Some tech employees have had enough of the DEI focus at work

AP Photo/Steven Senne

Yesterday Liz Wolfe, a writer at Reason, published a piece about the Diversity, Equity and Inclusion focus at major tech companies. Not surprisingly, a lot of employees don’t feel the steady stream of political lectures is very helpful to them personally or to achieving the company’s goals.

Harry, who works at a fully-remote expense management software company, says a whole DEI bureaucracy has sprung up in the last few years including “cultural events” around “ridiculous things like ‘the rich history of AAPI mixology.’” (Names have been changed throughout to protect people’s anonymity; company names have been noted where possible.)

With “explicit pressure from management to put your pronouns in your Slack profiles and your email signatures” and “company-organized ‘safe space’ and ‘coping workshops’” (featuring therapists!) in the wake of the Dobbs decision, Harry’s learned not to push back. When he lodged dissent a few years ago, it yielded nothing; he learned to lay low.

In some cases the focus on DEI has taken the focus off the company’s own products which results in less innovation.

Until recently, Kasey worked for a company based in Santa Barbara that makes doctor-patient portal software. If you make the foolish mistake of using the word guys in Slack, “a slackbot would pop up and tell you to use a more inclusive term,” she says. People on her team would get 45-minute lectures on Fridays by what’s termed “equity groups” on topics like proper pronoun usage.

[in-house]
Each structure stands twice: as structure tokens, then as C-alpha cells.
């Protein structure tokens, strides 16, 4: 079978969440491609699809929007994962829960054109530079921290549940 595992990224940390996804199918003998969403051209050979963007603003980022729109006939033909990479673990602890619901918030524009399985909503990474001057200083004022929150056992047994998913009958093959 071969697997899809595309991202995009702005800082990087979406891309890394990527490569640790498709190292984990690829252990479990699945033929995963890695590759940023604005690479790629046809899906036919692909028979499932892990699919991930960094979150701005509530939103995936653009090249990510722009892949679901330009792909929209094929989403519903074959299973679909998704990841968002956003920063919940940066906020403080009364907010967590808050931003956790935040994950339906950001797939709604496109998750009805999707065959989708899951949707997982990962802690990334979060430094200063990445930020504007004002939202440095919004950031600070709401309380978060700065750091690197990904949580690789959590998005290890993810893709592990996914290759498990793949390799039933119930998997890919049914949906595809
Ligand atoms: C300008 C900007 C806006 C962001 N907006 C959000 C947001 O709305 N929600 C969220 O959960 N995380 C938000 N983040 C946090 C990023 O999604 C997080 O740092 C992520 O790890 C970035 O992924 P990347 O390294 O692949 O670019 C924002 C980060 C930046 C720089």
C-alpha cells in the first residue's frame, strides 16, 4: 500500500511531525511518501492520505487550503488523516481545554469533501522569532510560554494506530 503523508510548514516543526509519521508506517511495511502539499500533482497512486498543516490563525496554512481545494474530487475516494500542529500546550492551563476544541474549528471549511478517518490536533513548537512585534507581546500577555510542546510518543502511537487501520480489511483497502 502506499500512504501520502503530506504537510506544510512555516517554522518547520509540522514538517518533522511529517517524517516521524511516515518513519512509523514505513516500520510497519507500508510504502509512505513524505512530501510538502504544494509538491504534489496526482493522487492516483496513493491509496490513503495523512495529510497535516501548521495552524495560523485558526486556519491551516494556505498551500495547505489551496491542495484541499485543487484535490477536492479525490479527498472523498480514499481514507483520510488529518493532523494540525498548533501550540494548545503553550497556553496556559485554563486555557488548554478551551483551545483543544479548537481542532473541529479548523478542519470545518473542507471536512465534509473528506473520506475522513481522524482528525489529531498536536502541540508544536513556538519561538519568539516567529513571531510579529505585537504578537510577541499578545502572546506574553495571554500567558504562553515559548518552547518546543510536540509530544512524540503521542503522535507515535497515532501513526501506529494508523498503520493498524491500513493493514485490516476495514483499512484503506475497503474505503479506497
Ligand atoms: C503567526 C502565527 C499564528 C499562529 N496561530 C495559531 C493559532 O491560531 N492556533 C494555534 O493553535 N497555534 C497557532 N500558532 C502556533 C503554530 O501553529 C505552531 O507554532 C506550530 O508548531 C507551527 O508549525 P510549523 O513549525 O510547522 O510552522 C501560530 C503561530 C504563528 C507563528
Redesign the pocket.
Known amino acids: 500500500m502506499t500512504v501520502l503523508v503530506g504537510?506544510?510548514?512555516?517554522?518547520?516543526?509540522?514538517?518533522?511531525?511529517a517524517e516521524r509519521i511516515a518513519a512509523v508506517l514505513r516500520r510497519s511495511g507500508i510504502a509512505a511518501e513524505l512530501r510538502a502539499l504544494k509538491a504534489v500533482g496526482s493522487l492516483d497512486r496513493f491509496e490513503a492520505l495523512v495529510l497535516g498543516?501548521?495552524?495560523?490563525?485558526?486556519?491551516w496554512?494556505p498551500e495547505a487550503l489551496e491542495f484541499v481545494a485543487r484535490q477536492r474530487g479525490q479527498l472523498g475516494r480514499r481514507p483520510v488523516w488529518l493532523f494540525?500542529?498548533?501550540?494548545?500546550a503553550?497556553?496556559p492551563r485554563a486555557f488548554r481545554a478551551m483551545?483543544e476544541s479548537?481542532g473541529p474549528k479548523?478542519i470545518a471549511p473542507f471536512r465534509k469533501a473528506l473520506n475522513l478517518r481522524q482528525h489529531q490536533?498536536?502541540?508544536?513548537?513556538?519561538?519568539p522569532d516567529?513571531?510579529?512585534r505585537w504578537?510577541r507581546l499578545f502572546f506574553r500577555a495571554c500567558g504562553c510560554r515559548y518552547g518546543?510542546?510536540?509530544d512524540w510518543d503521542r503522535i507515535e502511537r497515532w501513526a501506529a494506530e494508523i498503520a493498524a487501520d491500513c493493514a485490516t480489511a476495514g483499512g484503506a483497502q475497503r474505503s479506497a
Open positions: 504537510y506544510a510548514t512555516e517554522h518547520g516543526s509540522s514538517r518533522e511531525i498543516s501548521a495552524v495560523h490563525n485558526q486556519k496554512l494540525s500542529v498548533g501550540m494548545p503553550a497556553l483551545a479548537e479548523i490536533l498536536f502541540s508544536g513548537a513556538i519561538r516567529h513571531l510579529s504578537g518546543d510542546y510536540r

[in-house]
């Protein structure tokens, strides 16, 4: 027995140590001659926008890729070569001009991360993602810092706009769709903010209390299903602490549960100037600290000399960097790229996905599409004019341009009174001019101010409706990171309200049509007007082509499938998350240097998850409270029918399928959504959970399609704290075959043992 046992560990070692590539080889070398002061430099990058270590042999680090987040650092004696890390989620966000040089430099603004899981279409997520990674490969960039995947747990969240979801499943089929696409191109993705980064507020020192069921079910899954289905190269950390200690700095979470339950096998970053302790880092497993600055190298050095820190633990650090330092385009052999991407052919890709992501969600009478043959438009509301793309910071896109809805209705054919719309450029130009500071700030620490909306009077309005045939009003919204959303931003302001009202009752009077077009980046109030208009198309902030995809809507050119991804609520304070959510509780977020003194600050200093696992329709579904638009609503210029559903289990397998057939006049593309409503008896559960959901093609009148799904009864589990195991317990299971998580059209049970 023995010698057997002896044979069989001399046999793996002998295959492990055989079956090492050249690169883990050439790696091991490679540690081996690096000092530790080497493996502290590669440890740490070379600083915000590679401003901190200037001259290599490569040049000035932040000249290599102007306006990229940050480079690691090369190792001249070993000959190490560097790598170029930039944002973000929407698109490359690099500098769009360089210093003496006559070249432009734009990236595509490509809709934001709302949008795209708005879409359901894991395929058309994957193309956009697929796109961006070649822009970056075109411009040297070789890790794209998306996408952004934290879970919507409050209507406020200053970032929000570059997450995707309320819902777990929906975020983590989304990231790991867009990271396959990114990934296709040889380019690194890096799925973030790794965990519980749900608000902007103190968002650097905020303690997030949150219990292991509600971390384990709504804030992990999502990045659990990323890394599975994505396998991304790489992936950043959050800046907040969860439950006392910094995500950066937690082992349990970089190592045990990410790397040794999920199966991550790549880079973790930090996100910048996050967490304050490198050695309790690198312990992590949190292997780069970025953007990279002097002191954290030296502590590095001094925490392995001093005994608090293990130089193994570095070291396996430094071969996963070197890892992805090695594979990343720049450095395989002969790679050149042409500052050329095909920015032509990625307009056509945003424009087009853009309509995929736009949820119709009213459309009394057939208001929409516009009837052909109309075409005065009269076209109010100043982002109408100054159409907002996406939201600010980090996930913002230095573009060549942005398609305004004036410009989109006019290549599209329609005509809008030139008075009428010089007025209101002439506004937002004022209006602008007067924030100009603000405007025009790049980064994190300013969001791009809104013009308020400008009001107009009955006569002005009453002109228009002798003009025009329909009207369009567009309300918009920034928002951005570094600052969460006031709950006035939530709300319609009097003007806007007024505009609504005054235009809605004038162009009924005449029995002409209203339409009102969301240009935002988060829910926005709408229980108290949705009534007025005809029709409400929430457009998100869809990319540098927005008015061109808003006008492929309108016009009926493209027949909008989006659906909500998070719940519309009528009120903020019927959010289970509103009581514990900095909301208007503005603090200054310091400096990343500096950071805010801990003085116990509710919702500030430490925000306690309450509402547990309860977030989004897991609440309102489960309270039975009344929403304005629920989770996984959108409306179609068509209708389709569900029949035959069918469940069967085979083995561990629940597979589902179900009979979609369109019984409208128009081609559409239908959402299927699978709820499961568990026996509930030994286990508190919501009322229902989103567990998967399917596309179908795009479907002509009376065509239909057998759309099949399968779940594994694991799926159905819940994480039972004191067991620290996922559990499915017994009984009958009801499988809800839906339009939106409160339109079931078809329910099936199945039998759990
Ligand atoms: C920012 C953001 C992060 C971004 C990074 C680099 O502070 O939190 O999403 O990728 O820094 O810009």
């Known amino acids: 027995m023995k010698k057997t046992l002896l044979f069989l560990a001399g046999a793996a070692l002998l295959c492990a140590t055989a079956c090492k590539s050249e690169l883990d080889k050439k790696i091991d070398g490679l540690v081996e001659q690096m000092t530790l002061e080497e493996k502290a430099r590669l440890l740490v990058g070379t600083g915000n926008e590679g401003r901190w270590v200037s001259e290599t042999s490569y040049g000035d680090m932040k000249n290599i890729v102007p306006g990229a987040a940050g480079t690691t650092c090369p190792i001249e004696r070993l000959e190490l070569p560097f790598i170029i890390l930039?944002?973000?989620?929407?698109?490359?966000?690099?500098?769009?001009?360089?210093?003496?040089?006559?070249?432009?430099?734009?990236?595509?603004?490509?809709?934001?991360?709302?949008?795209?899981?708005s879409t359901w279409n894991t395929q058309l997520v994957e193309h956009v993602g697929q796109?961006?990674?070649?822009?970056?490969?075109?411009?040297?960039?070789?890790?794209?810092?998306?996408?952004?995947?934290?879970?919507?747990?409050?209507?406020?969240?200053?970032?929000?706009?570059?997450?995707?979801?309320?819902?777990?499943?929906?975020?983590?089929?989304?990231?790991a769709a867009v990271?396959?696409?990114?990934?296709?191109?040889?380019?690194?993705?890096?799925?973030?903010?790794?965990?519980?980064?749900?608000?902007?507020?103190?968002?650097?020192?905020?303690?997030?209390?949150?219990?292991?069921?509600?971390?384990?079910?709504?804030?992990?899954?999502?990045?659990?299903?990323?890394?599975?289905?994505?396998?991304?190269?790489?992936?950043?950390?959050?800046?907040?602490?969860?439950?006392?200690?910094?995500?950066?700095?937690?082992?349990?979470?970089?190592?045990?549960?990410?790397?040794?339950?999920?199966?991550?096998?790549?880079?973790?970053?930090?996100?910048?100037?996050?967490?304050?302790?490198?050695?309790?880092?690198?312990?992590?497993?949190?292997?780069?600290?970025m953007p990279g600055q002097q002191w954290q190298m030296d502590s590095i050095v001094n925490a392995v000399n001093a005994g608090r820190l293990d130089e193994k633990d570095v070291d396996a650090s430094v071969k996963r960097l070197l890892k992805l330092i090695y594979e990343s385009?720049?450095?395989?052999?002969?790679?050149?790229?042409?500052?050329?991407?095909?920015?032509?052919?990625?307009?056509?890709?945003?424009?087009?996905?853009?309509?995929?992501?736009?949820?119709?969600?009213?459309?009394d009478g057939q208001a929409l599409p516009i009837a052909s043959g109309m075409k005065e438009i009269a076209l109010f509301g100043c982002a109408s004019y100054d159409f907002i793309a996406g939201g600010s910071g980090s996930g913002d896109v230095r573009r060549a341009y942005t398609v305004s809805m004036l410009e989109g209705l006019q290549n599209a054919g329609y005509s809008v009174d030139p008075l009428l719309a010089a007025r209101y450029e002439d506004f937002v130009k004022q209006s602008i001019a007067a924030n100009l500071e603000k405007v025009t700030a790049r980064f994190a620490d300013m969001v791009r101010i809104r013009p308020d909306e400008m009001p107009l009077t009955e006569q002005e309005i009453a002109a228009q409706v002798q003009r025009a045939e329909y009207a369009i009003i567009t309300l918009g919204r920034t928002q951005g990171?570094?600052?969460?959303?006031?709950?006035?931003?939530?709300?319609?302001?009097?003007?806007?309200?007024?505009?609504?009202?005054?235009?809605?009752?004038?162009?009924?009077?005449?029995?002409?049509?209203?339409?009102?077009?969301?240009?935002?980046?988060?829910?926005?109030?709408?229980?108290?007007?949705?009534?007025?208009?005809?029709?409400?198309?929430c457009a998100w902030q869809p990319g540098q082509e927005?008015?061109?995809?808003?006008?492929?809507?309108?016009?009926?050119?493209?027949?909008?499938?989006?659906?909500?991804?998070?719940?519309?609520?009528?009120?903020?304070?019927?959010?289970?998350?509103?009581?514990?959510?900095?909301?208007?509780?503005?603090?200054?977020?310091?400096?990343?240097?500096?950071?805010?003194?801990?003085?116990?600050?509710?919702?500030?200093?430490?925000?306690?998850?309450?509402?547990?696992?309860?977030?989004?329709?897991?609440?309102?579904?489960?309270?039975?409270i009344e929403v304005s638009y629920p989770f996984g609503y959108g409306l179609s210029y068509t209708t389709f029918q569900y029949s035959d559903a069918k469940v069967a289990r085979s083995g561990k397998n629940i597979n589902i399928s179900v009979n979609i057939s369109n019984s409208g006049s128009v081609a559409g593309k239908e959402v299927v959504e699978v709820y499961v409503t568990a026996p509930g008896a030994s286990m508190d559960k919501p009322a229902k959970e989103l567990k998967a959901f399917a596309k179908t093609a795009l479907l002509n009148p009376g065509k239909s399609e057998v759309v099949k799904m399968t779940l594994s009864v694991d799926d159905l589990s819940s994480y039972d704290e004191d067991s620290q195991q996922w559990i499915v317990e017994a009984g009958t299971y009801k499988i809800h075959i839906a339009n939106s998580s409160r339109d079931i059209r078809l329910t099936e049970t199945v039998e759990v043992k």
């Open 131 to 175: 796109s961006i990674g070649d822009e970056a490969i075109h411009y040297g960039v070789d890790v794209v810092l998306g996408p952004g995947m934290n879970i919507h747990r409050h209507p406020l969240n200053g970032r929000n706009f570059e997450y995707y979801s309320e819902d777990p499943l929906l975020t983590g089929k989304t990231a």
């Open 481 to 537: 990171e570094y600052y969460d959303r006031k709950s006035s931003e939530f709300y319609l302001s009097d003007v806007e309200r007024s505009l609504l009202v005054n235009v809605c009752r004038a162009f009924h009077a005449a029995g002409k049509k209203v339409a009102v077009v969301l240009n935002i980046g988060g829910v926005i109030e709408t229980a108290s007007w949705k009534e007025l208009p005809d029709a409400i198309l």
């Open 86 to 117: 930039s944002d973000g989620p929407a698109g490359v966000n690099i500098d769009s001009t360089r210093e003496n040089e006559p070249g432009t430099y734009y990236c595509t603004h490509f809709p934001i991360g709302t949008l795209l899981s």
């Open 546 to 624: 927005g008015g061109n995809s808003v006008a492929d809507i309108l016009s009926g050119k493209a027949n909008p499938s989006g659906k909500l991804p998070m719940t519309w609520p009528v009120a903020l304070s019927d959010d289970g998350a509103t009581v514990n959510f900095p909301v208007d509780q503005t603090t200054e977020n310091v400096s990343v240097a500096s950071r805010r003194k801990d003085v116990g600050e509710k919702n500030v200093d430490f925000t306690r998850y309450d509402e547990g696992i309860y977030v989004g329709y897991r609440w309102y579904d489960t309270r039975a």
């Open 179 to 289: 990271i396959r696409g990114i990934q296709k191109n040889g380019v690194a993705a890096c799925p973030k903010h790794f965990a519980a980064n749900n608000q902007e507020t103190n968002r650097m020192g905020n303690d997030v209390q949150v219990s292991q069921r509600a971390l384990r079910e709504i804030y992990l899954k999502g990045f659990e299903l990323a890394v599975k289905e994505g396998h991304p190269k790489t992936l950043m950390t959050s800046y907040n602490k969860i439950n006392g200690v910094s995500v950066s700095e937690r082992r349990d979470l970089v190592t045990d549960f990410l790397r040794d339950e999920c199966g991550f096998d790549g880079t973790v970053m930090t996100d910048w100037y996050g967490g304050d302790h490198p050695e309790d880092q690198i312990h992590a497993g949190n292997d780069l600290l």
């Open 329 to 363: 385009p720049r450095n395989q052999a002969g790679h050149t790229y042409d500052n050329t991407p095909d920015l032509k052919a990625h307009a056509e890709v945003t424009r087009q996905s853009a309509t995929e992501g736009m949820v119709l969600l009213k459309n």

The worst part, she adds, is that the software was actually really good. The company was “KILLING it.” She’d watched it progress from summer 2020 until recently, when “the woke [stuff] happened, then their competitors passed them and innovation fell behind.” She didn’t end up leaving because of wokeness, but because the product was suffering — which is a related issue, she notes, if company resources are being frequently diverted to glorified HR efforts in lieu of improving the product. “Far more effort was spent on pronouns than on what we were paid to do.”

What “Kasey” is describing sounds a lot like what Ryan Grim reported a couple months ago. Grim’s story was about left-wing advocacy groups whose entire focus had been derailed because of corporate infighting over various woke priorities. One manager told him, “So much energy has been devoted to the internal strife and internal bullshit that it’s had a real impact on the ability for groups to deliver,” He added, “My last nine months, I was spending 90 to 95 percent of my time on internal strife.” And it sounds like something similar is happening at tech companies which have become hotbeds for DEI staff and outside consultants.

At Annie’s company, Qualtrics, Ibram X. Kendi was paid a “hefty sum of money” to peddle his ideology, which attributes all racial differences to racism, at a company-wide meeting. Afterward, an email was sent to all employees, declaring Qualtrics an “antiracist company,” she says. (“In order to truly be antiracist, you also have to truly be anti-capitalist,” argues Kendi, who charges $20,000 an hour for his talks and typically requires that in-person speaking events come with a first-class plane ticket for his travel.)

When a colleague of Annie’s posted on an internal message board that someone else should be invited to speak on the topic of race to expand the range of ideas heard — he recommended Thomas Sowell, John McWhorter, Coleman Hughes, Glenn Loury, Bob Woodson, or Shelby Steele — people on his team suggested, publicly, that he resign.

I guess it would be better to have John McWhorter give a presentation at the company if they insist on hiring Ibram Kendi. But of course that’s never going to happen. DEI isn’t about encouraging debate on hot button topics it’s about making sure everyone feels pressured to adopt a far left viewpoint that a majority of Americans don’t share.